Stability in Russia: one of highest in the world – deputy PM

Russia's Deputy Prime Minister Igor Sechin (RIA Novosti / Mikhail Klimentyev)
Everything has changed in Russia over the past 25 years and political stability in the country is now one of the highest in the world, Deputy Premier Igor Sechin, said in an interview with The Wall Street Journal.

Igor Sechin, 50, is also Chairman of Rosneft oil company. Though not often seen speaking publically, he is believed to be one of the country’s political heavyweights and is referred to as Russia’s “energy tsar” in the Western media.

The main focus of Sechin’s 90-minute interview with the American business daily was the investment climate in Russia, the energy business and its perspectives. However, political issues, and what has become a tradition now, the high-profile case of former Yukos CEO Mikhail Khodorkovsky were also touched upon.

In his comment to WSJ’s question on Russia’s current investment climate and the “various winds” that foreign investors felt in different years, Sechin said that everything had changed in the country over the past 25 years.

“We are a different country! This is the main answer to your question. After the collapse of the USSR, we used the infrastructure of the Soviet period, there was instability, but there are no such problems now. We have political stability, and it's one of the highest in the world, I think,” he said.

“[Former Egyptian president Hosni] Mubarak probably said the same thing,” the WSJ’s Gregory White noted.The Russian energy chief said he had not heard the ousted Egyptian leader saying anything like that, but added that if that topic was interesting, he could have prepared for the discussion. “You did not say it for no reason,” he said in response to White’s remark that he “was just asking”.

“In this case, we need to more closely examine what has happened in Egypt. See, well, what senior managers of Google have been doing in Egypt, what kind of manipulations of the energy of the people took place there,” Sechin added before returning to the main topic – Russia.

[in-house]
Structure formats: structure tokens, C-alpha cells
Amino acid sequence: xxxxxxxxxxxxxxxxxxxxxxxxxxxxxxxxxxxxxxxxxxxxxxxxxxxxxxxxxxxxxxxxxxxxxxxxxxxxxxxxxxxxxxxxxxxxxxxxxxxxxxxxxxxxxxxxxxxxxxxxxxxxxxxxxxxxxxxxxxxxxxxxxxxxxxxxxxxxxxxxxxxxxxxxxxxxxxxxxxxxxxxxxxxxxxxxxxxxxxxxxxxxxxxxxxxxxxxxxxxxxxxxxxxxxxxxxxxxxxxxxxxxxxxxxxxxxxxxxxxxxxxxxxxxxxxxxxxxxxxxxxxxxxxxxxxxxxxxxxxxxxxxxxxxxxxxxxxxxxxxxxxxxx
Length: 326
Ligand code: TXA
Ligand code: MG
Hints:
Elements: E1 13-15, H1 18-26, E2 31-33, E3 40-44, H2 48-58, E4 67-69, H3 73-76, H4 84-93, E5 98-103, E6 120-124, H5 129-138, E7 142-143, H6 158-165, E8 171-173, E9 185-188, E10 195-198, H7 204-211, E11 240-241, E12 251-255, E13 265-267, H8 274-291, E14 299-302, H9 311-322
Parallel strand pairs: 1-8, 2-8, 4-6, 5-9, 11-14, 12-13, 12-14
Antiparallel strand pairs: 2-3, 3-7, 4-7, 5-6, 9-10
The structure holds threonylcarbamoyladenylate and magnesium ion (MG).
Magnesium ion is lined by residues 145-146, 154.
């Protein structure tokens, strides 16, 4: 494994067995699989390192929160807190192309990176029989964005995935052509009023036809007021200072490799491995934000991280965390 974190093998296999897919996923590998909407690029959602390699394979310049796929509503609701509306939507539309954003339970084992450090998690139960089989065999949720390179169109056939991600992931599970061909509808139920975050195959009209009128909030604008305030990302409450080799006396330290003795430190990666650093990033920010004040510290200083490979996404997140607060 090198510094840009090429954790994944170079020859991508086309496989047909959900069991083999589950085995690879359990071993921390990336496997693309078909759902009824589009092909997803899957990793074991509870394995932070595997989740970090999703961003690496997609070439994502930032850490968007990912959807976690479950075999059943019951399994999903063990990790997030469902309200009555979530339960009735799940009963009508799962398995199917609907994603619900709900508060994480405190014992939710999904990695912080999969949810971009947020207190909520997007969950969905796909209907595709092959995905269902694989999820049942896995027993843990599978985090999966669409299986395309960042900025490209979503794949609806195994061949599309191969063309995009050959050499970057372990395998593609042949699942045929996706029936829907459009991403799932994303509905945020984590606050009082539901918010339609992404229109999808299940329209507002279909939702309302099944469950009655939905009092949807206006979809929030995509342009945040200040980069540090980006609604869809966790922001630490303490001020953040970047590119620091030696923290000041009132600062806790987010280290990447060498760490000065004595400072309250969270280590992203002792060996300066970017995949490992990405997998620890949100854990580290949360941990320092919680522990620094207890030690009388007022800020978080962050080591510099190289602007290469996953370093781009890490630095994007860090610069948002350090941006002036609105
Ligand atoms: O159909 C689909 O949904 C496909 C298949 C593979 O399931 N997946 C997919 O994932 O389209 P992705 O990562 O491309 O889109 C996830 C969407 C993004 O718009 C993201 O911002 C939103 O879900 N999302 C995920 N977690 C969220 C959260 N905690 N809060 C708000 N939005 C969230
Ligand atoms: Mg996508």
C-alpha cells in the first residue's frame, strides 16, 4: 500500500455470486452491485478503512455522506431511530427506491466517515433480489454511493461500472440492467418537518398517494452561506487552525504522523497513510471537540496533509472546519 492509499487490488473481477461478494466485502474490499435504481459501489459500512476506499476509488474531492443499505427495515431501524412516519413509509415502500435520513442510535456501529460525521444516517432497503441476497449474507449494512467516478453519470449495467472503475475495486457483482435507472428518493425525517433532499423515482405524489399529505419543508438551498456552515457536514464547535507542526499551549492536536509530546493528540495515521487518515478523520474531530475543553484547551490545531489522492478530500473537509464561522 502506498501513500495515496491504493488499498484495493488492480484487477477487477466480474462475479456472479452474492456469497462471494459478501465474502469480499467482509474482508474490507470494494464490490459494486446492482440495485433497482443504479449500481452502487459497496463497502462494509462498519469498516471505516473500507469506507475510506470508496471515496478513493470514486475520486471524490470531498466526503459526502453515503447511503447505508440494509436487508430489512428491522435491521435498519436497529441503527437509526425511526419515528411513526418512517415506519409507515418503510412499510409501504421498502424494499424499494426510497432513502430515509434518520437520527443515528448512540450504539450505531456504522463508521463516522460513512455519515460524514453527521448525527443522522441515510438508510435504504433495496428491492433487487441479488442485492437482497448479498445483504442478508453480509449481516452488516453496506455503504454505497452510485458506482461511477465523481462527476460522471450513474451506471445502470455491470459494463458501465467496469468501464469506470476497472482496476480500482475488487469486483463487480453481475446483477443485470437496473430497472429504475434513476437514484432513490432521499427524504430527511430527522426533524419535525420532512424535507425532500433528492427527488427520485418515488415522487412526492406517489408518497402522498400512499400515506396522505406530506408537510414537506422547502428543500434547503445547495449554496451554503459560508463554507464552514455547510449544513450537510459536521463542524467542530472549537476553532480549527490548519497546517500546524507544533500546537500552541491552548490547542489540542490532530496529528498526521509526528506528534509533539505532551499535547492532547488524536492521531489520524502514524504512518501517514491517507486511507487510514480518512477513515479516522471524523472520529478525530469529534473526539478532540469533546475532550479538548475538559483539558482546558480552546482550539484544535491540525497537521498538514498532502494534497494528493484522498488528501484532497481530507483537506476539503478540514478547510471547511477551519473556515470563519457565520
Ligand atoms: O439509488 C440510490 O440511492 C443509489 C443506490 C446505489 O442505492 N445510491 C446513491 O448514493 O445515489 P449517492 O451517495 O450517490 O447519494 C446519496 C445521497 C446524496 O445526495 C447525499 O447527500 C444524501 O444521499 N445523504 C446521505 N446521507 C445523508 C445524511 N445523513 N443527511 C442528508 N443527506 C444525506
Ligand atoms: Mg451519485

According to the politician, the entire old Soviet infrastructure has been replaced in recent years, new gas pipelines were built and a modern banking system was created.

“I believe that investors are quite satisfied with the proposals that exist on the market,” he added.

William Browder is “a happy man”

Sechin recalled William Browder – the founder of a British investment fund specializing in Russian markets, Hermitage Capital Management (HCM) – whose name is often mentioned in the media for any possible reason “but not the economic outcomes of his work”.

Founded in 1996, by 2005 HCM had become one of the largest foreign portfolio investors in Russia.According to Russian investigators, in the late 1990s the company established front companies to illegally trade shares in energy giant, Gazprom. At the same time, Browder was largely involved through his fund in campaigning against corruption in some Russian companies. As of late 2005, Browder was reportedly denied entry into Russia and in 2007 the Moscow Tax Crimes Department launched a criminal case against Hermitage Capital on tax evasion charges, which sparked a lot of criticism in the West.

“I think in terms of profit from cooperation with the Russian assets, he is a happy man. The effectiveness is just the highest—thousands of percent return on invested capital,” Igor Sechin said.

As for his entry into the country problems, the deputy premier said he did not know what kind of visa problems Browder had. “I admit that there are some other reasons for the ban on his entry, but certainly it is not the economy. And certainly it is not his economic interests,” he added.

Economic outcome – that is what important an investor. “Browder is a man of genius. He had believed and invested in Russia. And he didn't miscalculate. Economic efficiency of his investments surpasses all imagination,” Sechin stated. It is also important for the investors to have their property rights secured.